“It’s all just moments. We’re all just living in moments…” a reflection on my press conference at Thru the Stones weekend

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TTS Press Conference Dec. 3, 2016

Debbie Ford, Grant O’Rourke, Terry Dresbach

Sitting by the fireplace at the Isle in Bettendorf, Iowa, I was discussing inspiration for this blog with my friend Jane.  I had been lucky enough to be asked to be part of a press conference at the Thru The Stones Fan event with Grant O’Rourke and Terry Dresbach.

“Grant had a very interesting response to my asking about the difficulty of filming out of sequence.” I said.

We were interrupted by folks on the look out for coffee before they caught a taxi to the airport.  We offered to watch their luggage while they snuck into the casino for the only coffee available at that early hour of the morning.  Settling back in my chair, I continued to explain what I had heard Grant say.

“He didn’t seem to think it was that big of a deal.  He said you get a good sense of who your character is and how he serves the story and then act that moment.”

Jane nodded her head listening to me intently like she always does. It is one of the biggest reasons I love her.  She is genuinely interested in how and what I think.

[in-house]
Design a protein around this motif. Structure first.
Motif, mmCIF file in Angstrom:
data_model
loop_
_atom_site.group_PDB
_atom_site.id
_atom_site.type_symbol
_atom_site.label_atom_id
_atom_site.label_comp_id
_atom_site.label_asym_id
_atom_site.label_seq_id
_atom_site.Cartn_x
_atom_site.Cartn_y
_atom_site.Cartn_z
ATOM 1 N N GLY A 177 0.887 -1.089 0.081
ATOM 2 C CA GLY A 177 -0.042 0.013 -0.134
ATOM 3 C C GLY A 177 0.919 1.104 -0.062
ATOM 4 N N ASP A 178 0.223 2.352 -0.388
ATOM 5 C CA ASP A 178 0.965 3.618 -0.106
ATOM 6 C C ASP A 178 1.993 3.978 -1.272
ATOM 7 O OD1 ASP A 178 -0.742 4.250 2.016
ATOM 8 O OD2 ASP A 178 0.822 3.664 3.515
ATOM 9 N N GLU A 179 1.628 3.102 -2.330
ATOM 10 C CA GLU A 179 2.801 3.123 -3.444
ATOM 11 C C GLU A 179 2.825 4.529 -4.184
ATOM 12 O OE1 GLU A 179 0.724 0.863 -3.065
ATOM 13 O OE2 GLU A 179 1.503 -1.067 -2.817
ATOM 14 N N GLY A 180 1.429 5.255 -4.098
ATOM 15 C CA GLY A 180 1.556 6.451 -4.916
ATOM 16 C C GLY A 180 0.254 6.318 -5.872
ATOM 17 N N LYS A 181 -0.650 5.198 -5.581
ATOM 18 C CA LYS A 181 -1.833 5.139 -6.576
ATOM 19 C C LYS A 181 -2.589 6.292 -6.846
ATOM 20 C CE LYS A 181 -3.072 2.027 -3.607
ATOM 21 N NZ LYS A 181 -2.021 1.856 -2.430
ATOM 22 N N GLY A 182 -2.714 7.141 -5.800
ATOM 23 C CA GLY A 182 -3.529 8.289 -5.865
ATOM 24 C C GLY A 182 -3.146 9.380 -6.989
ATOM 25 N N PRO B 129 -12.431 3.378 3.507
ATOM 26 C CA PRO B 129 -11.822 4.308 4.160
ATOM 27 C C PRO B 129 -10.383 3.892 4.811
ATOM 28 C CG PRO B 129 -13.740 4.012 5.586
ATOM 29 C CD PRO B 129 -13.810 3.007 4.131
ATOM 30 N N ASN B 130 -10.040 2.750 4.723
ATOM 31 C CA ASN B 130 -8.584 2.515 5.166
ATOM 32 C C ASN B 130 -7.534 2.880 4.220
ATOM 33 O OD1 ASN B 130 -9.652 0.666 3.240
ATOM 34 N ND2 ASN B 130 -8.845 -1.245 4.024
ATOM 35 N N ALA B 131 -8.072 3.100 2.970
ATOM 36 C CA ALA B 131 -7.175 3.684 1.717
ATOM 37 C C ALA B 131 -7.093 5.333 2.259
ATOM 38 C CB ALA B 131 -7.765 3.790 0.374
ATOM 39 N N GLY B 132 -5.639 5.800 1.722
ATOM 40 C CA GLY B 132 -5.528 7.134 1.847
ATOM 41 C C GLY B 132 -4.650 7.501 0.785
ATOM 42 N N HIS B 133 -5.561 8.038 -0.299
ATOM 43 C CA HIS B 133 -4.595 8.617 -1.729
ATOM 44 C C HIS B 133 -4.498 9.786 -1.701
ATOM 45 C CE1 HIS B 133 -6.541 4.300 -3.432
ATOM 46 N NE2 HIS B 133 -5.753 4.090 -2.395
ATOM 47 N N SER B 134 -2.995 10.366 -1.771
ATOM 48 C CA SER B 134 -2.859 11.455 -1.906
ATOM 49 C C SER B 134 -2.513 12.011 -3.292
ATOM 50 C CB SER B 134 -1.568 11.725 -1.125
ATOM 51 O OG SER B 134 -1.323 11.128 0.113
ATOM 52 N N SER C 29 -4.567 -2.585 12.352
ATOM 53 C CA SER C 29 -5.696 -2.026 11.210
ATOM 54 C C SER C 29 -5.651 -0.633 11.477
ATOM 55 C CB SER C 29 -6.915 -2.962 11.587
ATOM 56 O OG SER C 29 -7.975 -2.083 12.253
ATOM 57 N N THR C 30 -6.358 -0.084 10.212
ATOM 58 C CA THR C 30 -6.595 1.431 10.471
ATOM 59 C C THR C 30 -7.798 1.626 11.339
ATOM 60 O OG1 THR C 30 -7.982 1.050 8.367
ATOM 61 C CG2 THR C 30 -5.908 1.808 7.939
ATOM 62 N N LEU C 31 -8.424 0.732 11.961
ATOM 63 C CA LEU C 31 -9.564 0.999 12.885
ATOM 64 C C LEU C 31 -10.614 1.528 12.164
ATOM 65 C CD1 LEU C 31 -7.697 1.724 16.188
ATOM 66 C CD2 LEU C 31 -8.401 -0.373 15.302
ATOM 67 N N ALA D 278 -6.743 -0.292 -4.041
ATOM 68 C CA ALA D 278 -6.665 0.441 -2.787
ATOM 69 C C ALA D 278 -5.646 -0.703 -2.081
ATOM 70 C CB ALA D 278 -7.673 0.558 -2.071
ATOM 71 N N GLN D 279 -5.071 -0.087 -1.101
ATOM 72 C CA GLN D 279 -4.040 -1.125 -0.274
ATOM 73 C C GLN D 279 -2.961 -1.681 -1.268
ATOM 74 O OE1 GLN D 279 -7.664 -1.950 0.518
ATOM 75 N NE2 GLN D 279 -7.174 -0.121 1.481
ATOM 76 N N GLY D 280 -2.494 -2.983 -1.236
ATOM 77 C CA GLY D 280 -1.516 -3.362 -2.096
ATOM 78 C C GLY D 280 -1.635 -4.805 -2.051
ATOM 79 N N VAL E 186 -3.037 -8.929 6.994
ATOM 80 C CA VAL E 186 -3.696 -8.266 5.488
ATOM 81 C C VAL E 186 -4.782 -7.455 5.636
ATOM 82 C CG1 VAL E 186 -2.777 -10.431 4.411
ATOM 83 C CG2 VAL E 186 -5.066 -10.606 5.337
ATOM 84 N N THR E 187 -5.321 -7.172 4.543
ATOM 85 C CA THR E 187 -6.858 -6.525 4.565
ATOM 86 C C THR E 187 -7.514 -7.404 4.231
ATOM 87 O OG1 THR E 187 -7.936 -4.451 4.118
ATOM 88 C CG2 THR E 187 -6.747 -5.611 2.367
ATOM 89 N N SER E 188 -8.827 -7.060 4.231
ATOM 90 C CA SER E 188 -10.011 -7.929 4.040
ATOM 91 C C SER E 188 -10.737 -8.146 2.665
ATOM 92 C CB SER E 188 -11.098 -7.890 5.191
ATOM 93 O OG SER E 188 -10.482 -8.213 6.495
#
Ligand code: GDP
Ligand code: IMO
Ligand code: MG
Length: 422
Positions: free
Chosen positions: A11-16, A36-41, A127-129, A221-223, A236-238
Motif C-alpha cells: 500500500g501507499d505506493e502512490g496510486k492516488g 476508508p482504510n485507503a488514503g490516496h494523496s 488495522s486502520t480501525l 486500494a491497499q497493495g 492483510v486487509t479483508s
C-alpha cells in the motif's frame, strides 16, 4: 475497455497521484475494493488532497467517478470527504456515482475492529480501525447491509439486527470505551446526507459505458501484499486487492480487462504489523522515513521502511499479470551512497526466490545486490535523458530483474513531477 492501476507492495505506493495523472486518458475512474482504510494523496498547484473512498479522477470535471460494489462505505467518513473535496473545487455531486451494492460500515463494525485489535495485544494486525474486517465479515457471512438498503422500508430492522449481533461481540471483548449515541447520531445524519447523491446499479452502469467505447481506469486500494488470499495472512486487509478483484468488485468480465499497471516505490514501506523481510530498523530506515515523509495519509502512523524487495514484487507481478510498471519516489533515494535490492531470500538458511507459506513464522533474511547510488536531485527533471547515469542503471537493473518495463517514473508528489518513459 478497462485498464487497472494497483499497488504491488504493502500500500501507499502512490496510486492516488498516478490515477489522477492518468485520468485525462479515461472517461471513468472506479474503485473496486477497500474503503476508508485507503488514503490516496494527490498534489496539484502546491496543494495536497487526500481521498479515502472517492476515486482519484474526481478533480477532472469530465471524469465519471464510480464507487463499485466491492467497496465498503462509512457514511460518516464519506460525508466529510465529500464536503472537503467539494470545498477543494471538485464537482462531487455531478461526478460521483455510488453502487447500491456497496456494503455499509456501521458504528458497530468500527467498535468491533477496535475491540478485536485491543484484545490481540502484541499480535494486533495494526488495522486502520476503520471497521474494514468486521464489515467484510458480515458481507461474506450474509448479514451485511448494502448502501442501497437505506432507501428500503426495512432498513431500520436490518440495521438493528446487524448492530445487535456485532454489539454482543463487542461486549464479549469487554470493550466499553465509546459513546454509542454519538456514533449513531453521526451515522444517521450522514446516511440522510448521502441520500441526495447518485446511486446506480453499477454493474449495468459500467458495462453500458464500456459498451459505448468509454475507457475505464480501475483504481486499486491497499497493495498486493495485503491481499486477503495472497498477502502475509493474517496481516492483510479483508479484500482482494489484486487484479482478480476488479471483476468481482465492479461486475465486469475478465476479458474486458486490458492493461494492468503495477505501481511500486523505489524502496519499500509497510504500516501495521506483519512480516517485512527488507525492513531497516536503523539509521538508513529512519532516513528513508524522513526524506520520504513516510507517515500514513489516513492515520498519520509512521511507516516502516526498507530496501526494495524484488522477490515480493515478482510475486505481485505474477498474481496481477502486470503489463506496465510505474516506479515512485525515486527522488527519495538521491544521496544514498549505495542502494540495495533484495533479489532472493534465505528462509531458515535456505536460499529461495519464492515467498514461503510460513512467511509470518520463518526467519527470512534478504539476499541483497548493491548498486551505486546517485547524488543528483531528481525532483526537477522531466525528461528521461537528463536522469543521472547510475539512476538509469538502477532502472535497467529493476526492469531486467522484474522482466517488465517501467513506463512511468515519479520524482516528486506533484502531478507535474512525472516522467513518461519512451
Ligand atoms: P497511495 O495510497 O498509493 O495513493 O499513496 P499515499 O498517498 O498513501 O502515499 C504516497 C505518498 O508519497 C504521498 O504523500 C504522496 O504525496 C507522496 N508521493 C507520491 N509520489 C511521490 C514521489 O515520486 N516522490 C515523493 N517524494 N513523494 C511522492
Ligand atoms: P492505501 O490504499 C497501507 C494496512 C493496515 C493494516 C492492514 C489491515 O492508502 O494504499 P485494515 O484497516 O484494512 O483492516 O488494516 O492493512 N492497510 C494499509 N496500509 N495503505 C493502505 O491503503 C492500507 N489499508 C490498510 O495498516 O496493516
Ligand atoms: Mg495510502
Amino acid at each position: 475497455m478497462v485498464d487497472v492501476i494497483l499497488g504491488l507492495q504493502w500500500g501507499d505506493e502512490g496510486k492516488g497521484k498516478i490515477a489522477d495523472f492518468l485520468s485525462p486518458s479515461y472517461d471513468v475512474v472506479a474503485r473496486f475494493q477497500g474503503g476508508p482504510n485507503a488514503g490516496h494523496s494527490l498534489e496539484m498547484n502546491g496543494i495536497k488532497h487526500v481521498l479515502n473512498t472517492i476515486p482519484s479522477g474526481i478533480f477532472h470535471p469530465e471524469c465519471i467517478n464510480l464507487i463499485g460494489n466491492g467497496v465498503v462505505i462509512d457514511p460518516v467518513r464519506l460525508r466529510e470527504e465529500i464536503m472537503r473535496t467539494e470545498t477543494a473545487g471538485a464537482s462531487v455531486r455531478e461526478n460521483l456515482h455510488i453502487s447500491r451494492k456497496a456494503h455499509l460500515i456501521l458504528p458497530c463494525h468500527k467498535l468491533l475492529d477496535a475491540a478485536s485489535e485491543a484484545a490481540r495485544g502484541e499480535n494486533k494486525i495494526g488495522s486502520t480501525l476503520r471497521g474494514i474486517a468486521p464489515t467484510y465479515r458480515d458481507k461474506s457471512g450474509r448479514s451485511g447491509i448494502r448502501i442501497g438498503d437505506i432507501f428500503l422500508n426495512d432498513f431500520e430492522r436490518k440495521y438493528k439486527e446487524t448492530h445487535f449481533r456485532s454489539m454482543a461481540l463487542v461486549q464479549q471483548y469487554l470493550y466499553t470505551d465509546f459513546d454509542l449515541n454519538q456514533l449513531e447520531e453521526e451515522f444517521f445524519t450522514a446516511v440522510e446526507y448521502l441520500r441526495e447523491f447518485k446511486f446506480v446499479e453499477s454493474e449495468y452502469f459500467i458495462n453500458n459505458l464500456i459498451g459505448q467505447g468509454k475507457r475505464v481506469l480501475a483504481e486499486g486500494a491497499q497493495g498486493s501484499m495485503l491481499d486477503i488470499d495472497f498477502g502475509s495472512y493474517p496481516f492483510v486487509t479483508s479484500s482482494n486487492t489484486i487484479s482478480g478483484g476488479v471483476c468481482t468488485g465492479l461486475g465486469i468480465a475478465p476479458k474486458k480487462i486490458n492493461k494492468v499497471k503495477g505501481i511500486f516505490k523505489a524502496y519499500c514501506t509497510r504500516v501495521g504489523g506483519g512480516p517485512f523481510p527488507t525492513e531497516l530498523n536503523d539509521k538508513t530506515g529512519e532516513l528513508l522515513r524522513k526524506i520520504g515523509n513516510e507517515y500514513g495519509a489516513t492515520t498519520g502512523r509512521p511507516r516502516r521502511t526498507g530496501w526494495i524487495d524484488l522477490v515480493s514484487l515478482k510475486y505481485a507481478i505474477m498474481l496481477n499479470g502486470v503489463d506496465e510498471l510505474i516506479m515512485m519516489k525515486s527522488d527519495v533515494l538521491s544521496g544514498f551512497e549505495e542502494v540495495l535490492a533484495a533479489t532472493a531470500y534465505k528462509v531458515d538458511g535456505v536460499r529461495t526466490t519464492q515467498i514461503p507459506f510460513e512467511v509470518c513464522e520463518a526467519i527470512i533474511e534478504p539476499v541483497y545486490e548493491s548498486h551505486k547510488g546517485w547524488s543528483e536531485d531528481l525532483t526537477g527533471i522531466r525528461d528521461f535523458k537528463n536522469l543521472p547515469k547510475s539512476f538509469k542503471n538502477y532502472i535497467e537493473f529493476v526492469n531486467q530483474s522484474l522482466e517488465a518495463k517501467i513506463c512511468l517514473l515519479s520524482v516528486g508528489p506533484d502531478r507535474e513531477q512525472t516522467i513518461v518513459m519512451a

“I told him I thought it would be difficult and that I had the idea it would be easier to build a character chronologically, but he made a very good point.  He said, “It’s all just moments. We’re all just living in moments anyway”.  I’m thinking that might be a good title for the article and a good metaphor for the weekend.”

We were interrupted again by a group of ladies we had met who needed hugs good bye before they left for each corner of the country they came from.  Lots of “so nice to meet you” and “follow me on Twitter” and “what a great time” were heard.  I gave a final hug to one of my readers I was privileged to meet and as she moved away she looked around and said “so many great moments”.   Well, that was just too much of a coincidence and it cemented my focus for this reflection.  This weekend was full of moments both great and small to be treasured and remembered.